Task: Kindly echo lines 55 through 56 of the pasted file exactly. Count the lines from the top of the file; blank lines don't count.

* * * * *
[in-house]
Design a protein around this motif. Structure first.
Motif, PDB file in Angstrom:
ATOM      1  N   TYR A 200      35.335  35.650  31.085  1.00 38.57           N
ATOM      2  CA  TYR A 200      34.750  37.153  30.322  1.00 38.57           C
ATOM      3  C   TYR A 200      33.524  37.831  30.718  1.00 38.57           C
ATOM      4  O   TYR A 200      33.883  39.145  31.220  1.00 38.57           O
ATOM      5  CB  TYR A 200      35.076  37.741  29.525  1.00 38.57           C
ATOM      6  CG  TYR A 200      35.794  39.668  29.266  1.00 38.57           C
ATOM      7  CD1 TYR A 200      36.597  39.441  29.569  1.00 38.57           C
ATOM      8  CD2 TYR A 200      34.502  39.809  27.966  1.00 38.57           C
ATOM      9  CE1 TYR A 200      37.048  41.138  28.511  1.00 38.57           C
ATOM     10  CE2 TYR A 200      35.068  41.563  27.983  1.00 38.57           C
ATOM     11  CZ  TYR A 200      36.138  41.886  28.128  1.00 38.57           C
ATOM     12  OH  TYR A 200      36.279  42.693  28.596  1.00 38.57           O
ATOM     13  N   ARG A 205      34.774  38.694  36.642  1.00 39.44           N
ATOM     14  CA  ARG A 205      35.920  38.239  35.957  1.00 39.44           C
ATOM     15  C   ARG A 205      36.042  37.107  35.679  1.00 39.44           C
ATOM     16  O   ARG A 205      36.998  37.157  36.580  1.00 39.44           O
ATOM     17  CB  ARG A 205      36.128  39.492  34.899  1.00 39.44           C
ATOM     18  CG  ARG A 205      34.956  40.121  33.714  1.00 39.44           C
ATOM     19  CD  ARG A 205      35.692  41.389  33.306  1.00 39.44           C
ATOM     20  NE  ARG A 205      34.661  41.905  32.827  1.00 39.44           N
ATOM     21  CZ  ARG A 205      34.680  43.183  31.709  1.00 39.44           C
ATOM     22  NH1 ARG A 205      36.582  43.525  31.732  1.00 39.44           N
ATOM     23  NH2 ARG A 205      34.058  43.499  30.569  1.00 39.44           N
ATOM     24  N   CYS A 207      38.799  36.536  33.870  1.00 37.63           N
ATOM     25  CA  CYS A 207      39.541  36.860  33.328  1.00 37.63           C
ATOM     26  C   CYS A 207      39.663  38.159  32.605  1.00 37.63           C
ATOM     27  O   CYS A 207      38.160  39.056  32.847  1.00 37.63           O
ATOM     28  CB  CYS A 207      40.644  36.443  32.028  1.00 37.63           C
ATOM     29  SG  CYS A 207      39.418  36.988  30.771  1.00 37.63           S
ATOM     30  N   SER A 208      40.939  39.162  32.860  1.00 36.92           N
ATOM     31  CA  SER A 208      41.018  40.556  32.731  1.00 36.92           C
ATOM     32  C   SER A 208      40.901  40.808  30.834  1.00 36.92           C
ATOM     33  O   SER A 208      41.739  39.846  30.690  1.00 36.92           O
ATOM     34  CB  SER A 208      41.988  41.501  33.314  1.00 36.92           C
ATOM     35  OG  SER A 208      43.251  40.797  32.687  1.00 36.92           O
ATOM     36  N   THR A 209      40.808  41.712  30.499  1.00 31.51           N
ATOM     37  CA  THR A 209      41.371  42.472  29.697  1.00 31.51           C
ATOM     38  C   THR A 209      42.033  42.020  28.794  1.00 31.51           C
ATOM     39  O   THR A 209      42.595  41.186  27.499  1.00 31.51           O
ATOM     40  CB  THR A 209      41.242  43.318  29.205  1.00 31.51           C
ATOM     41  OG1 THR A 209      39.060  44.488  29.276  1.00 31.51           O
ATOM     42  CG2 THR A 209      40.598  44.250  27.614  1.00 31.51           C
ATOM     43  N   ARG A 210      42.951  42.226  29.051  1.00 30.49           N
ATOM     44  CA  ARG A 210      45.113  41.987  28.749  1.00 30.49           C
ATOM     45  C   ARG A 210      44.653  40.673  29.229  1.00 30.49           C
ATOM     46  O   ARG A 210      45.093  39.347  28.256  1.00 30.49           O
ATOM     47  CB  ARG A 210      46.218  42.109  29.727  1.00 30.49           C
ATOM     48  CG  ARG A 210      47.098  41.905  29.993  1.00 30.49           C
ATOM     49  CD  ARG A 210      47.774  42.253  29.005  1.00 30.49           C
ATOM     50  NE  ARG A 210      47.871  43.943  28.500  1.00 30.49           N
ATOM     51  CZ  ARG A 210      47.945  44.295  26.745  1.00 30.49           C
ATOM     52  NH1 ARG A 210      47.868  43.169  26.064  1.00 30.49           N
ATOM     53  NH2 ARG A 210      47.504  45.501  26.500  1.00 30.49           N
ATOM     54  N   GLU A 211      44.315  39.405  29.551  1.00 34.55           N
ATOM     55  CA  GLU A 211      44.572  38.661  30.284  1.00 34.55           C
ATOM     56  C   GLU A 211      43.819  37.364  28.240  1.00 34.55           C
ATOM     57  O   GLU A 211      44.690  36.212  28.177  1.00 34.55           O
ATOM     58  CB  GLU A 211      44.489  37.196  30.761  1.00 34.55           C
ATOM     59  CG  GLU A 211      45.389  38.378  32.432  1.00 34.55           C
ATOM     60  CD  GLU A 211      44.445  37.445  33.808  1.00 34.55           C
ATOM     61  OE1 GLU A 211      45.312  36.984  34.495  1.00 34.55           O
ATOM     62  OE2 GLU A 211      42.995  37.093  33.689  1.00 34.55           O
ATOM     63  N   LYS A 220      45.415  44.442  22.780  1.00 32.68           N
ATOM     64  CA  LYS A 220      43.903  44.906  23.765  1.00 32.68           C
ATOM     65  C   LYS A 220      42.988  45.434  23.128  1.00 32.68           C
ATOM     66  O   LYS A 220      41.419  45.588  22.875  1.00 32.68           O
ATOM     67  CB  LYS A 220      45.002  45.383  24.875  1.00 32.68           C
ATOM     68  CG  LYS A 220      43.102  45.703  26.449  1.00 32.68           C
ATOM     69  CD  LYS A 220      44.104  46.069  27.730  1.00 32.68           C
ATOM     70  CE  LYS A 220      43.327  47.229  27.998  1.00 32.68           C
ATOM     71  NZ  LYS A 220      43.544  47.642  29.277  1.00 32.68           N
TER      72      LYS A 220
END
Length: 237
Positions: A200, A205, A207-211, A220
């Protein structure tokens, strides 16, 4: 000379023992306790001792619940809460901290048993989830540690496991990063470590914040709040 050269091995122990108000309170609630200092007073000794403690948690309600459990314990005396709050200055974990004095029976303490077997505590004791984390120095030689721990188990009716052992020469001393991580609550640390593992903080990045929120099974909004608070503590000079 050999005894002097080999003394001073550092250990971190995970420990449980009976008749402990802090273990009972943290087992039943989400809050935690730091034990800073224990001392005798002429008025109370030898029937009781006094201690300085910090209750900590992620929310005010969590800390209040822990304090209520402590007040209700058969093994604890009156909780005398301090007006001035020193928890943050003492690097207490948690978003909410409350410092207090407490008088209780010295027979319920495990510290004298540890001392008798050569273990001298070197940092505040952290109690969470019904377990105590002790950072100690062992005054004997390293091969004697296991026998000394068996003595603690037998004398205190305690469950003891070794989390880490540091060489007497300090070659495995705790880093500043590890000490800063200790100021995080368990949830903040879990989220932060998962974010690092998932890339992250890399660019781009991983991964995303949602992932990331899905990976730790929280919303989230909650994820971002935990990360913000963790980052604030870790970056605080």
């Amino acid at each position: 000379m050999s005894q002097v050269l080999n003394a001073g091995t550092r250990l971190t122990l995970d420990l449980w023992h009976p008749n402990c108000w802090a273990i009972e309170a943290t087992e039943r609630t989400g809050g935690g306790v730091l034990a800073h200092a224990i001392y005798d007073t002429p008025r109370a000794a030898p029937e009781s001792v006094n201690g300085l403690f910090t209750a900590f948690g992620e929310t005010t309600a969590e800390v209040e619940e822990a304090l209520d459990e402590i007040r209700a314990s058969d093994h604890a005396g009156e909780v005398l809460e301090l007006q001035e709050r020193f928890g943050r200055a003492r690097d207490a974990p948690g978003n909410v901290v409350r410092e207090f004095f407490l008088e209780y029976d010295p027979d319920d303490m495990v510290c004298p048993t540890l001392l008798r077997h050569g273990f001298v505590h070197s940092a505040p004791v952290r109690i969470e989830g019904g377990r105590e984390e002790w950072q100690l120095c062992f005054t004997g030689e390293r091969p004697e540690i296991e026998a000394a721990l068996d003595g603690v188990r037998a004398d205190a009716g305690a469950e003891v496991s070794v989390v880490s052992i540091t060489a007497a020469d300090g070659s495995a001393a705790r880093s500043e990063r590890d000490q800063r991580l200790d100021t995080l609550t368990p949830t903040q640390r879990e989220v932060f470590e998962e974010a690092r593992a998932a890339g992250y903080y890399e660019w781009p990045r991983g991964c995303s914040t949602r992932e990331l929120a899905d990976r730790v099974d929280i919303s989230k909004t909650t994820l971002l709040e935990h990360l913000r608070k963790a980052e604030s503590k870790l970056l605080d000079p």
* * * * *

ATOM     52  NH1 ARG A 210      47.868  43.169  26.064  1.00 30.49           N
ATOM     53  NH2 ARG A 210      47.504  45.501  26.500  1.00 30.49           N